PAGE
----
Six Things You Must Know Before Traveling to Mexico (Part 2)

4. Learn to Tip Respectfully

Tipping has become customary in Mexico, and it’s always appreciated and expected in return for quality service (or quality entertainment). In fact, service industry personnel in this country rely on your tips as a major source of income. A tip of at least 10-percent, or 15-percent in higher-end establishments, is expected at any restaurant. Hotel maids, gas station attendants, porters, taxi drivers, entertainers, spa personnel, bellboys, and any other service personnel who help you with your stay typically expect a small tip (roughly $1-$5) for the service they provided.

5. Be Prepared to Barter

A general rule of thumb when shopping in Mexico: never accept the first price you’re offered. Bartering is common in Mexico, and it’s practiced by just about everyone (aside from department stores and chain establishments). The best advice for bartering in Mexico is to respect the craft or service the seller is offering while trying to reach a price that you’re comfortable paying. Many crafts sold on the streets, in marketplaces, or on the beach are handmade, and you don’t want to devalue the seller’s item with an overly aggressive bartering strategy (although they may use one on you). Taxi drivers, if they’re not driving a metered taxi, are typically willing to barter too, so always establish the price to your destination before getting in the cab.

6. Pack Appropriate Clothing

Although Mexico’s winter temperatures may be far different than the temperatures you’re leaving, you’ll need to pack more than bathing suits and beach towels. Mexicans don’t generally wear their bathing suits away from the pool or beach, and a long skirt or pants is far more appropriate at an upscale restaurant than shorts. While the dress codes in tourist areas tend to be far laxer than the country’s less-touristy areas, they are often enforced at high-end night clubs, where long pants and closed-toed shoes are required of men.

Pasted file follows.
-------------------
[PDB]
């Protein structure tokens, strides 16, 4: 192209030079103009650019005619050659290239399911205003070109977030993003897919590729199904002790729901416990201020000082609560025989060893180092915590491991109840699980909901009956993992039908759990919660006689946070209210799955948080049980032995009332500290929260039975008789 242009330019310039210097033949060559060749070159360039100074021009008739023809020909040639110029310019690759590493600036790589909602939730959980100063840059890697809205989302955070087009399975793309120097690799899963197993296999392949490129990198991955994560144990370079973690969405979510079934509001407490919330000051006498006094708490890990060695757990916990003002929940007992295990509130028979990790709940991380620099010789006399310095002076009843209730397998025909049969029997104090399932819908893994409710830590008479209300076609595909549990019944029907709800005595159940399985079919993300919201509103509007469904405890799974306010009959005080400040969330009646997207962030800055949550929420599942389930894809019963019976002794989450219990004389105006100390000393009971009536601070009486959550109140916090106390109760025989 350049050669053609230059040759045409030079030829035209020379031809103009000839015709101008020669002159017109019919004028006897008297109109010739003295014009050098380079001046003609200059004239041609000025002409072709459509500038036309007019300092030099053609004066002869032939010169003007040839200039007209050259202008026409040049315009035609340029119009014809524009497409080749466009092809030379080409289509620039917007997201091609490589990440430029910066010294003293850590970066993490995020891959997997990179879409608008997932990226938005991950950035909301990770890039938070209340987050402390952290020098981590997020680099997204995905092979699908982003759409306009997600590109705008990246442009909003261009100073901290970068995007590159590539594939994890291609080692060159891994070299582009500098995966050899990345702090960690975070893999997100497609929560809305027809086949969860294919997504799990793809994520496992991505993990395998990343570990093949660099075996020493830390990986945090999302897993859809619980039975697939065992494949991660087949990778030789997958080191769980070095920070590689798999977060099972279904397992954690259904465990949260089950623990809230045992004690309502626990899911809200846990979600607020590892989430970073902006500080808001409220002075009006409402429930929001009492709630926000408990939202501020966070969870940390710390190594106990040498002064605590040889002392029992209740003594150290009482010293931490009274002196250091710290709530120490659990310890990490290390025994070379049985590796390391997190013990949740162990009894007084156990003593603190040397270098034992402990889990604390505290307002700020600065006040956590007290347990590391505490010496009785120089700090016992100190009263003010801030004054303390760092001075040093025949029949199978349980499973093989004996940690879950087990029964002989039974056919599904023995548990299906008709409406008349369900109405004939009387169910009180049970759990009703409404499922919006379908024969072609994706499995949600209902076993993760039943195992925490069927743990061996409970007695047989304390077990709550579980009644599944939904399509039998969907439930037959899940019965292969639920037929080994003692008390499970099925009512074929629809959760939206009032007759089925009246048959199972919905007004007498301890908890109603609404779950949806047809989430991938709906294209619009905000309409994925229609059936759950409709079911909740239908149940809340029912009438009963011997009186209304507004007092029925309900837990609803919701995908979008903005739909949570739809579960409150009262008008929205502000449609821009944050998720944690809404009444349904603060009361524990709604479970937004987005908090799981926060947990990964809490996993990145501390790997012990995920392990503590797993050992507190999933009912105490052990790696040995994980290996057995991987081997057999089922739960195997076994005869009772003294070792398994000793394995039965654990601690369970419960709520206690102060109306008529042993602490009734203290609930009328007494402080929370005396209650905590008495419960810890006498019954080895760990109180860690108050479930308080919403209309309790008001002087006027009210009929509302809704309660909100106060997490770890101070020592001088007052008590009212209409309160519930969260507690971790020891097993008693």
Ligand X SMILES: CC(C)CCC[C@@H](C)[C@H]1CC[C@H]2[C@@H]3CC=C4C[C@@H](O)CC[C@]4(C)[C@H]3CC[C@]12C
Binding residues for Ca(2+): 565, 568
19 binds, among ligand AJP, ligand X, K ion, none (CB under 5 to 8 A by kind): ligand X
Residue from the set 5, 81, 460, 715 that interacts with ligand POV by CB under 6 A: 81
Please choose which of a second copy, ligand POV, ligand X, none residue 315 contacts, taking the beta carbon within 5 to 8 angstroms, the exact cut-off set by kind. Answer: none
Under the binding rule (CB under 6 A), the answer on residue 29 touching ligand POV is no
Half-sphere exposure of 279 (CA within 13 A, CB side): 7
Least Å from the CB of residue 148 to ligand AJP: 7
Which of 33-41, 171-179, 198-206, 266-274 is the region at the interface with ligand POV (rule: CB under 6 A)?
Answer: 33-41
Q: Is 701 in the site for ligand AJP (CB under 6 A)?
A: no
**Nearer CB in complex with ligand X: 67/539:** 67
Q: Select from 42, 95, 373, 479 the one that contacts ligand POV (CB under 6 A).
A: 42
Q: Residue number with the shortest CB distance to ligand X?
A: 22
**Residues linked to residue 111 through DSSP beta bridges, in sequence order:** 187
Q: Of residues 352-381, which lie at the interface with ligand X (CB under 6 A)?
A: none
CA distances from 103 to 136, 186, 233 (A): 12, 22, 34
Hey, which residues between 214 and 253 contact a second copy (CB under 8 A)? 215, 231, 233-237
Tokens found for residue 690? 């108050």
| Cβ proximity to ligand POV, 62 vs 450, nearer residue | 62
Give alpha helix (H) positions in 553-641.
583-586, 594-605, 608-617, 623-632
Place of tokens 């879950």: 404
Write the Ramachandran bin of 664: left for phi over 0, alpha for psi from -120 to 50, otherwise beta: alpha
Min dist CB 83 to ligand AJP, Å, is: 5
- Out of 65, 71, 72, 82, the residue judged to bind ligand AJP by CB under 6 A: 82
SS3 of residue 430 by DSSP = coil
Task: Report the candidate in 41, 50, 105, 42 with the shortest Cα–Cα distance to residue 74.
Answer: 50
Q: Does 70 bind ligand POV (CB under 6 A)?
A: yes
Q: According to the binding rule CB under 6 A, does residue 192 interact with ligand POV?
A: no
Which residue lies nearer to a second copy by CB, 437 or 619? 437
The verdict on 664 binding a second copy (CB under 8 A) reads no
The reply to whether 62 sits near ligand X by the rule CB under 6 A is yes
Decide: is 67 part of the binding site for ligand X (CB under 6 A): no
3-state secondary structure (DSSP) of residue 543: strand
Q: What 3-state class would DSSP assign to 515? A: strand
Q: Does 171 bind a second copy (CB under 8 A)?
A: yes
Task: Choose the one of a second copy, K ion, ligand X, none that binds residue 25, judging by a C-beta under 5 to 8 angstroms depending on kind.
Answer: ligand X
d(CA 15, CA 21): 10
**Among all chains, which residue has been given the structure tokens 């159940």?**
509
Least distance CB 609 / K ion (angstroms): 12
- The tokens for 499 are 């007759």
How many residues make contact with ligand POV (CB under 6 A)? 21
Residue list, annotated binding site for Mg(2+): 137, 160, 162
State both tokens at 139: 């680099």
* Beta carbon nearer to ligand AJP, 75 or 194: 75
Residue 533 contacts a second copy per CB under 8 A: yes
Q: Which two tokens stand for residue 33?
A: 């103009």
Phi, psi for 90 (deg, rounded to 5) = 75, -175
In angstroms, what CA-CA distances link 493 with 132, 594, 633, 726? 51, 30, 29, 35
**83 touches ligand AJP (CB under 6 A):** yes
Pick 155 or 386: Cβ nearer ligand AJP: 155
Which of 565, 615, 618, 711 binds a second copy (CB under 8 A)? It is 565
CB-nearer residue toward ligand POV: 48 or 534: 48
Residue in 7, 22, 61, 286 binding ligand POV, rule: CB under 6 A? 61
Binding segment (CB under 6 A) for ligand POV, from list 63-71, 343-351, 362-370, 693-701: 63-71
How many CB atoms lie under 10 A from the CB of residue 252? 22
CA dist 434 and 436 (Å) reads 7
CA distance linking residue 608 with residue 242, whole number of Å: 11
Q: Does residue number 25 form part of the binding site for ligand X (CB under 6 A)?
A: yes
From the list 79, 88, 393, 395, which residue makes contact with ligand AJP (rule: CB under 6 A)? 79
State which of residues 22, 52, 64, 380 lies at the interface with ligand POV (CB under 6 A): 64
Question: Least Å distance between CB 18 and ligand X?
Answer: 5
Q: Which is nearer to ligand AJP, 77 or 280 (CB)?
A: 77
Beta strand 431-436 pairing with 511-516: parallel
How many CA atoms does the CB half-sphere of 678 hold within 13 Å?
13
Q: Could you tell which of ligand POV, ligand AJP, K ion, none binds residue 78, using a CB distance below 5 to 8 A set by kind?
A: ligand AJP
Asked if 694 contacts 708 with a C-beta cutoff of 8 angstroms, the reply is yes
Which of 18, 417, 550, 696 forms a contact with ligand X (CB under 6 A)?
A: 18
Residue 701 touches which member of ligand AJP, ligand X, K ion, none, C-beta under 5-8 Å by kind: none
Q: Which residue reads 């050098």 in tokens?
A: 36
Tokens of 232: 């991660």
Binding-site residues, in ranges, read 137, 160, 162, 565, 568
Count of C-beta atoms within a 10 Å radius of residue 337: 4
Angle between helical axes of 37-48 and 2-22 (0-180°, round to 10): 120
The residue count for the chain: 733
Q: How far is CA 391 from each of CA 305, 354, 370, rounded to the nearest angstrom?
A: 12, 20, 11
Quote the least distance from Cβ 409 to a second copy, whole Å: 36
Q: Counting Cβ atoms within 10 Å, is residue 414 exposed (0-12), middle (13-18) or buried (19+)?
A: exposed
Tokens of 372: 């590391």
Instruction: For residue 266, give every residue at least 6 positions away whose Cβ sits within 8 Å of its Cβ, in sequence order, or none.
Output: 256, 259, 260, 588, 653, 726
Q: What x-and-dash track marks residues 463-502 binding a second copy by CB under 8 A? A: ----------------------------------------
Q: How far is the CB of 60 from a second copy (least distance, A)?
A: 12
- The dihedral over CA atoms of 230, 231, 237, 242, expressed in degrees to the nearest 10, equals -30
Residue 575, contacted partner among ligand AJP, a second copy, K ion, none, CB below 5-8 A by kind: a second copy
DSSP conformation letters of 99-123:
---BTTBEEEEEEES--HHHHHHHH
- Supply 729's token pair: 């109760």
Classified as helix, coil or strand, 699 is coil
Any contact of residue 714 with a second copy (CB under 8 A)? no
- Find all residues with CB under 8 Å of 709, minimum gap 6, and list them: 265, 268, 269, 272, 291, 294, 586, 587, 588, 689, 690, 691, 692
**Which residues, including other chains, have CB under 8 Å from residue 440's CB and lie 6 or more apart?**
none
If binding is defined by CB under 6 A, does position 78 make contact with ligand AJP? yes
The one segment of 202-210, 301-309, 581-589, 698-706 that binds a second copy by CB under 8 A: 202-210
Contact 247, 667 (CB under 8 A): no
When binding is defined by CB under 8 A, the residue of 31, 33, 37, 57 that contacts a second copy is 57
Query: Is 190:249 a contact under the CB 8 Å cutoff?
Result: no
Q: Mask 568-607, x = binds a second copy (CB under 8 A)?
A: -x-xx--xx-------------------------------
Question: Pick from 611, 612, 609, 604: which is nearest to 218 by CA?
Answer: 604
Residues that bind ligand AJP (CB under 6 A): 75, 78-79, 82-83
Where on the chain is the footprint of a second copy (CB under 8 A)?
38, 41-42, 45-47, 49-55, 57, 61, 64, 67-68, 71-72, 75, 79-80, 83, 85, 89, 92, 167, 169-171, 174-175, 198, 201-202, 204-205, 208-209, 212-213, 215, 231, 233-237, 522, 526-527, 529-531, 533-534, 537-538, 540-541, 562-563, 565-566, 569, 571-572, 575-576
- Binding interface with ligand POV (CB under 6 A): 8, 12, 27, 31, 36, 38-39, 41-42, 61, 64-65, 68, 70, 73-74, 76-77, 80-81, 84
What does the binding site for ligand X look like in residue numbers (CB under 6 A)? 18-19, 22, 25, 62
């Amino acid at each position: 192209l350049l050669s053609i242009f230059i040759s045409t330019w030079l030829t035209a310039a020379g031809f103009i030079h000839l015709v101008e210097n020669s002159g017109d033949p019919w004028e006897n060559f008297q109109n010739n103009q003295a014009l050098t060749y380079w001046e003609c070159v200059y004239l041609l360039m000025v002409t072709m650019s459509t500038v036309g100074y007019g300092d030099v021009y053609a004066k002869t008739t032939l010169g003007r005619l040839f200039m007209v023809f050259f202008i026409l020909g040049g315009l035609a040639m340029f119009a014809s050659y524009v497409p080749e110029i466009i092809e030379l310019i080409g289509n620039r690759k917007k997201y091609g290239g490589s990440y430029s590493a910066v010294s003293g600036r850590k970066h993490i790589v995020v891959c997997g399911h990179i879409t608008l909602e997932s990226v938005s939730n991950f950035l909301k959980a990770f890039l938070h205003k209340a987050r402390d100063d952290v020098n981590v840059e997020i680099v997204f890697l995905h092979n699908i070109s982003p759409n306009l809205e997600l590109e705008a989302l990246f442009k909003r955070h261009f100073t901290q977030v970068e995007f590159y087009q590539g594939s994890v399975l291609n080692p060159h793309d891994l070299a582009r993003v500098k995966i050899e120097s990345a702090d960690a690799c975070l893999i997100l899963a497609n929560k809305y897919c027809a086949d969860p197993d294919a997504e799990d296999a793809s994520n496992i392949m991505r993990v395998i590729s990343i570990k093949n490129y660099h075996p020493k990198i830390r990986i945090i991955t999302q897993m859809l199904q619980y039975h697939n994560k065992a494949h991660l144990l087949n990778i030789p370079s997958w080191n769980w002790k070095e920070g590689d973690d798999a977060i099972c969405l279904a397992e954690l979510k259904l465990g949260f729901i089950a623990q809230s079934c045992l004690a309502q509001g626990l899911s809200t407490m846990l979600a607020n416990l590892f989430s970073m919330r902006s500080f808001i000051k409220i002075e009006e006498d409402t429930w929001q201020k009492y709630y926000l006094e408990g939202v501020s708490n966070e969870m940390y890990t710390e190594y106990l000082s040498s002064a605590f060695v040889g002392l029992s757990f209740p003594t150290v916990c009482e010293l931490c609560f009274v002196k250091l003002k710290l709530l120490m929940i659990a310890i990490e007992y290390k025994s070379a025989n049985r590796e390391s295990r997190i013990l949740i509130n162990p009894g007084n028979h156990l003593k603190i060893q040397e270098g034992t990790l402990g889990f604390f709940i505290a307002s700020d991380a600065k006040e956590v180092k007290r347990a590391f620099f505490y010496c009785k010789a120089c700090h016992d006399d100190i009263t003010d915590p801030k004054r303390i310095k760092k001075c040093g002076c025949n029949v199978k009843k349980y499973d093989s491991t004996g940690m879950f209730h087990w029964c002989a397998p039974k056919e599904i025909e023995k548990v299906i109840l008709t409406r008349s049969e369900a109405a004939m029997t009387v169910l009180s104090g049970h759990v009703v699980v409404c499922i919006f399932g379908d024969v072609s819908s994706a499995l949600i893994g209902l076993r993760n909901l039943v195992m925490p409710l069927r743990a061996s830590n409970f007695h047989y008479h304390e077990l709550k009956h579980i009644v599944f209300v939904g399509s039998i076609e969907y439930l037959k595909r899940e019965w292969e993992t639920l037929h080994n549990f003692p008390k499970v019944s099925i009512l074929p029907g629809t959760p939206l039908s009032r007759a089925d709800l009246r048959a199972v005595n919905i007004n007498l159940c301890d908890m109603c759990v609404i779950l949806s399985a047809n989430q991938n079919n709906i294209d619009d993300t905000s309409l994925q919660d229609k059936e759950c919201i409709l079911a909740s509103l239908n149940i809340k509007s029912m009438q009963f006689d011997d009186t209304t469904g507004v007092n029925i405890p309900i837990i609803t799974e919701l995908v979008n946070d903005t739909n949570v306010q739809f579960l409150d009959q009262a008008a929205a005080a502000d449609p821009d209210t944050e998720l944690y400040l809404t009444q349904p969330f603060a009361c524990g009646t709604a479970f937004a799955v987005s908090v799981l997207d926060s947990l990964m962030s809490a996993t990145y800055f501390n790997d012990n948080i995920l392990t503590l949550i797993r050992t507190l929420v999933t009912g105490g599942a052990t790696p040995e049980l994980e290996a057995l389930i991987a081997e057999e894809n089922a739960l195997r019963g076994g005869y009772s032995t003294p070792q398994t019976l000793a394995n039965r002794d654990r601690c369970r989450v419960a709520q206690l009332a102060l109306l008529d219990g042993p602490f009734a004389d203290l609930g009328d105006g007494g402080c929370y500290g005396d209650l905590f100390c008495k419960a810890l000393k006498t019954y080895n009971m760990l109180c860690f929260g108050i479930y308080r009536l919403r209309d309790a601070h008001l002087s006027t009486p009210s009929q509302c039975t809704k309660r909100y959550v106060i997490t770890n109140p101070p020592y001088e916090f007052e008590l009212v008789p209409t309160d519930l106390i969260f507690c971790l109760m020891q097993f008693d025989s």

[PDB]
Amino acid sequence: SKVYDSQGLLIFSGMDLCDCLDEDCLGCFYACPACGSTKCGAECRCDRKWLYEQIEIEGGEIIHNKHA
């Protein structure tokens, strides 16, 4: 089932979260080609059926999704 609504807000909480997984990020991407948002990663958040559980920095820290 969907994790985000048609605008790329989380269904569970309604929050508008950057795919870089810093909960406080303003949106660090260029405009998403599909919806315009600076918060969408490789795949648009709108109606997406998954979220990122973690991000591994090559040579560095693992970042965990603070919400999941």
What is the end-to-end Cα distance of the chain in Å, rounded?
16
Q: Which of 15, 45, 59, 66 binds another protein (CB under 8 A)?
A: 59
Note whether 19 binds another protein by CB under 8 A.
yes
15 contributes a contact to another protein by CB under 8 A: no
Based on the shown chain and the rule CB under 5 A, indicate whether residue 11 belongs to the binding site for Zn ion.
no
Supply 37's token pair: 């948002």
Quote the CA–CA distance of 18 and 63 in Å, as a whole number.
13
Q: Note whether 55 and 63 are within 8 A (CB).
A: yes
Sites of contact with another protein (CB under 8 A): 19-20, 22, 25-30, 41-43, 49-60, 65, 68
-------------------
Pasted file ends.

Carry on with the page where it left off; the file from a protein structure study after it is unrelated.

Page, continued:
Six Things You Must Know Before Traveling to Mexico (Part 1)

Generally, Mexico is a safe place to travel. It is artsy, colorful, and full of incredible eats. However, remember to follow these steps to make sure your trip there goes off without a glitch.

1. Ask About the Water

It is widely known that much of the tap water in this country is not suitable for drinking. However, to avoid it can be harder than you may imagine, you should call your hotel ahead of time to check whether their drinking water is suitable for travelers. If the answer is not, grab some large bottles from the airport to use during the days you will be there. And if you want to visit more rural areas or down-home restaurants, be careful as ordering drinks that might be made with unfiltered ice or as eating foods such as salad that might have been rinsed with contaminated water.

2. Be Aware of Business Hours and Holidays

Business hours in Mexico are a little different from those in the U.S and Canada.  Most retail stores there open their doors in the late morning and remain open until late evening. Most restaurants in this country also accept nighttime diners until 11 p.m while night clubs don’t open until well into the night (11 p.m. at the earliest) and usually stay open as late as 5 a.m. Banks adapt operating hours similar to those in the US and Canada but they are commonly closed on Sundays and holidays.

3. Call Your Car Rental Companies

In Mexico, rental car companies have also been pulling fast on tourists for years. They usually advertise to offer an affordable rental car rate online, then double or triple your rate with the mandatory liability insurance of the country after you have arrived. Call your rental car company in advance to know the total cost, including the liability insurance, for the duration of your trip so that you will not be one of the many customers caught off-guard upon arrival.